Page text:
Passed : Modern address (IPv6)

Well done! Your website is reachable for visitors using a modern internet address (IPv6), making it fully part of the modern Internet.

Name servers

Verdict:

Two or more name servers of your domain have an IPv6 address.

Technical details:

Name server IPv6 address IPv4 address
ns2.azehosting.net. 2a01:4f8:c17:5f0a::2 88.99.15.5
ns3.azehosting.net. 2a01:4f8:c17:6a6e::2 88.99.39.181
ns1.azehosting.net. 2a01:4f8:13b:3146::2 94.130.138.185

Test explanation:

We check if your domain name has at least two name servers with an IPv6 address. This is consistent with the technical requirement of SIDN (.nl TLD registry) that each .nl domain must have at least two name servers.

Verdict:

All name servers that have an IPv6 address are reachable over IPv6.

Test explanation:

We check if all name servers, that have an AAAA record with IPv6 adress, are reachable over IPv6.
Web server

Verdict:

At least one of your web servers has an IPv6 address.

Technical details:

Web server IPv6 address IPv4 address
visittaarup.dk 2a01:4f8:241:1f8f::2 49.12.83.45

Test explanation:

We check if there is at least one AAAA record with IPv6 address for your web server.

Verdict:

All your web servers with an IPv6 address are reachable over IPv6.

Test explanation:

We check if we can connect to your web server(s) over IPv6 on any available ports (80 and/or 443). We test all IPv6 addresses that we receive from your name servers. A partial score will be given if not all IPv6 addresses are reachable. If an IPv6 address is (syntactically) invalid, we consider it unreachable.

Verdict:

Your website on IPv6 seems to be the same as your website on IPv4.

Test explanation:

We compare the web content that we receive from your web server over both IPv6 and IPv4 on any available ports (80 and/or 443). In case there are multiple IPv6 and IPv4 addresses, we pick one IPv6 address and one IPv4 address. If the content difference is not higher than 10%, we expect the main web content to be the same. Therefore websites with small differences (for example due to changing ads) will pass this subtest as well.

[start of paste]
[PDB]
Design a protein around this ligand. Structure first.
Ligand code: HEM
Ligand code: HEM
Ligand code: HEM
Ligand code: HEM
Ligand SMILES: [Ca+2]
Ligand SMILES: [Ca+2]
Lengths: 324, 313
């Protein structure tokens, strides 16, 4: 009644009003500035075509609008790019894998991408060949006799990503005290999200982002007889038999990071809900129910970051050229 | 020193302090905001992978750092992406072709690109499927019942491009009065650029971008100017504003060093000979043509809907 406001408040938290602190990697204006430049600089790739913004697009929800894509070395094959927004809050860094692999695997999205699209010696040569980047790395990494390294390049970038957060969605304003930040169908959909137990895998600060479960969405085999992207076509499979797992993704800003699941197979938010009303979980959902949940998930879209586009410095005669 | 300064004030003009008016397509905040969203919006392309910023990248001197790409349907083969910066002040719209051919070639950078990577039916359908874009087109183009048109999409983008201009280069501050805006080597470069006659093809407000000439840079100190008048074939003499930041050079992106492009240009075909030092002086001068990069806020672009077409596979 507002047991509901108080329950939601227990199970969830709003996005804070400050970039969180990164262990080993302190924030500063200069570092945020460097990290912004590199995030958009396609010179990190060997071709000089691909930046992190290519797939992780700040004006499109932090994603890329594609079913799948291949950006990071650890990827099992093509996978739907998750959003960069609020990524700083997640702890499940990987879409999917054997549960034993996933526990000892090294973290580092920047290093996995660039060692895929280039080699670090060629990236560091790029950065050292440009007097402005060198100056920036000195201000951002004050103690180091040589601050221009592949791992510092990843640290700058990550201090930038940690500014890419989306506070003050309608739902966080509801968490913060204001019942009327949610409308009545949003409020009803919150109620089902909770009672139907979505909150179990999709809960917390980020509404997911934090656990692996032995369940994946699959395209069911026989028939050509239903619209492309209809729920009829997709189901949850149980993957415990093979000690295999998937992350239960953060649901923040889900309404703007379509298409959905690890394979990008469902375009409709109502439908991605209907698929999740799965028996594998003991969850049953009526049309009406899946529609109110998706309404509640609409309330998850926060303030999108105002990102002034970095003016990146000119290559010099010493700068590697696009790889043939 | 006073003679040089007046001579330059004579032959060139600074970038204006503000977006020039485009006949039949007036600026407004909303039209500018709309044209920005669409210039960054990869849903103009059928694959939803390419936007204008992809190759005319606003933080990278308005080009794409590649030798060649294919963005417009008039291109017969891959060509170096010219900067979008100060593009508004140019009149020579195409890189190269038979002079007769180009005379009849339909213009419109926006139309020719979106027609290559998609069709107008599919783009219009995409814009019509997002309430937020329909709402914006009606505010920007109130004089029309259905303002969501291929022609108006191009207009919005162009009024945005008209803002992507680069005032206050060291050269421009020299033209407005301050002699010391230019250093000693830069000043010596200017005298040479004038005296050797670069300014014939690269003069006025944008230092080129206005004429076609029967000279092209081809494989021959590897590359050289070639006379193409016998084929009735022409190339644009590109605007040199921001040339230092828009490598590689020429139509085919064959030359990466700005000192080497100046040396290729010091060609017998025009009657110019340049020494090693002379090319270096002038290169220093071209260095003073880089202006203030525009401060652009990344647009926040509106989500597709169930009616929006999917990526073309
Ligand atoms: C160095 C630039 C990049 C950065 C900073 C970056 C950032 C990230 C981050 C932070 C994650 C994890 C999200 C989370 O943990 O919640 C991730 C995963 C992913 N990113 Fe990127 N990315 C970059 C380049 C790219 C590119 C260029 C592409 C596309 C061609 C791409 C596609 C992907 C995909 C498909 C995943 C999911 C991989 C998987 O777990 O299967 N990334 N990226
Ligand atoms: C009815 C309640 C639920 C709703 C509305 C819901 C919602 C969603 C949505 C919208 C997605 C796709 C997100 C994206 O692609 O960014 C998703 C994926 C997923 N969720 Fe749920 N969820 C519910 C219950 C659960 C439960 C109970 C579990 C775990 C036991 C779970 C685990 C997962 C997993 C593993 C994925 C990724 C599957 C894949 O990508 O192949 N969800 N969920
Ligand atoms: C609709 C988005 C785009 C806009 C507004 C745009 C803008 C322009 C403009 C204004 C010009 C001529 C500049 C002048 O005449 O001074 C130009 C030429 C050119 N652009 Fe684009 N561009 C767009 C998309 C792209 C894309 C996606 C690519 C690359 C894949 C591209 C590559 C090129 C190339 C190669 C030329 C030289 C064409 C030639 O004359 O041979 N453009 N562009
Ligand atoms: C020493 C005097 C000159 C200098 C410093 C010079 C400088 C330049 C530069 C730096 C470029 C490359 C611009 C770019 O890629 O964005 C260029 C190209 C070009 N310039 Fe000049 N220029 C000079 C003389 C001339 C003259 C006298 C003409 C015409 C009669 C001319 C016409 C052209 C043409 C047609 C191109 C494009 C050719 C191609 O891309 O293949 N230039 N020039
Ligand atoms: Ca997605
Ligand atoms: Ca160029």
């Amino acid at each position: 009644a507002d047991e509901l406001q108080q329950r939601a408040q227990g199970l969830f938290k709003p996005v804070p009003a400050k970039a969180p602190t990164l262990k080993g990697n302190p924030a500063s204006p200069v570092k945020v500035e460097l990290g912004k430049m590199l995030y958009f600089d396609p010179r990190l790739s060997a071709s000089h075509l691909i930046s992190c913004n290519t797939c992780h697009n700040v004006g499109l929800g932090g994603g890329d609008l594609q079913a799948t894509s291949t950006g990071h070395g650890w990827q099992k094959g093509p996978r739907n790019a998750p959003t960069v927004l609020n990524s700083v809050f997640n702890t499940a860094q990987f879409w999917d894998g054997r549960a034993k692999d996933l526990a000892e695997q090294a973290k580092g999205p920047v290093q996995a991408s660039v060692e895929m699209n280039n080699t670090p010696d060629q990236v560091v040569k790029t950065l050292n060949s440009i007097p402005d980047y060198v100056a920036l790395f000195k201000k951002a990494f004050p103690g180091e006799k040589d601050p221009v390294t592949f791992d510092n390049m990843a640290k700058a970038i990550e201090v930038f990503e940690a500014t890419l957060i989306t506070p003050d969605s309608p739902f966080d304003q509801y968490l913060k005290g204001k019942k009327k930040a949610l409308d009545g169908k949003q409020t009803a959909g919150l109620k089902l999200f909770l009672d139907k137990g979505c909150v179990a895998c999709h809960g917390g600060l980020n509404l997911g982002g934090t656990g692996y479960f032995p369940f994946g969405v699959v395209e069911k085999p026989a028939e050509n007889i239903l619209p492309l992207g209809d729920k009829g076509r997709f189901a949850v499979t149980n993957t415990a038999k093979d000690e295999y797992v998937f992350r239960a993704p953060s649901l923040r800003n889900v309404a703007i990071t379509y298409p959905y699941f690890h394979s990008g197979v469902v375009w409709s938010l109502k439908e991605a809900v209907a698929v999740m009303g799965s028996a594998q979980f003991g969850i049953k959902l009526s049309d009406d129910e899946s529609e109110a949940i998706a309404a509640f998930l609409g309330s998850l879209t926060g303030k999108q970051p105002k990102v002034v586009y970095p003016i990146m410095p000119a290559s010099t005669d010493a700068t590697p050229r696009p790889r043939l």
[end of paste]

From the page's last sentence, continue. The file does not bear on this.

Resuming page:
Passed : Signed domain name (DNSSEC)

Well done! Your domain is signed with a valid signature (DNSSEC). Therefore visitors with enabled domain signature validation, are protected against manipulated translation from your domain into rogue internet addresses.

Verdict:

Your domain is DNSSEC signed.

Technical details:

Domain Registrar
visittaarup.dk None

Test explanation:

We check if your domain is DNSSEC signed.

If a domain redirects to another domain via CNAME, then we also check if the CNAME domain is signed (which is conformant with the DNSSEC standard). If the CNAME domain is not signed, the result of this subtest will be negative.

Note: the validity of the signature is not part of this subtest, but part of the next subtest.

Verdict:

Your domain is secure, because its DNSSEC signature is valid.

Technical details:

Domain Status
visittaarup.dk secure

Test explanation:

We check if your domain is signed with a valid signature making it 'secure'.

If a domain redirects to another signed domain via CNAME, then we also check if the signature of the CNAME domain is valid (which is conformant with the DNSSEC standard). If the signature of the CNAME domain is not valid, the result of this subtest will be negative.


Passed : Secure connection (HTTPS)

Well done! The connection with your website is sufficiently secured (HTTPS). Therefore information in transit between your website and its visitors is protected against eavesdropping and tampering.

HTTP

Verdict:

Your website offers HTTPS.

Technical details:

Web server IP address HTTPS existent
2a01:4f8:241:1f8f::2 yes
49.12.83.45 yes

Test explanation:

We check if your website is reachable on HTTPS.

If so, we also check in the below subtests whether HTTPS is configured sufficiently secure in conformance with the 'IT Security Guidelines for Transport Layer Security (TLS)' from NCSC-NL.

HTTPS guarantees the confidentiality and integrity of the exchanged information. Because it is situation depended how (privacy) sensitive and valuable information is, a secure HTTPS configuration is important for every website. Even trivial, public information could be extremely sensitive and valuable for a user. Note: for performance reasons the HTTPS test section only runs for the first available IPv6 and IPv4 address.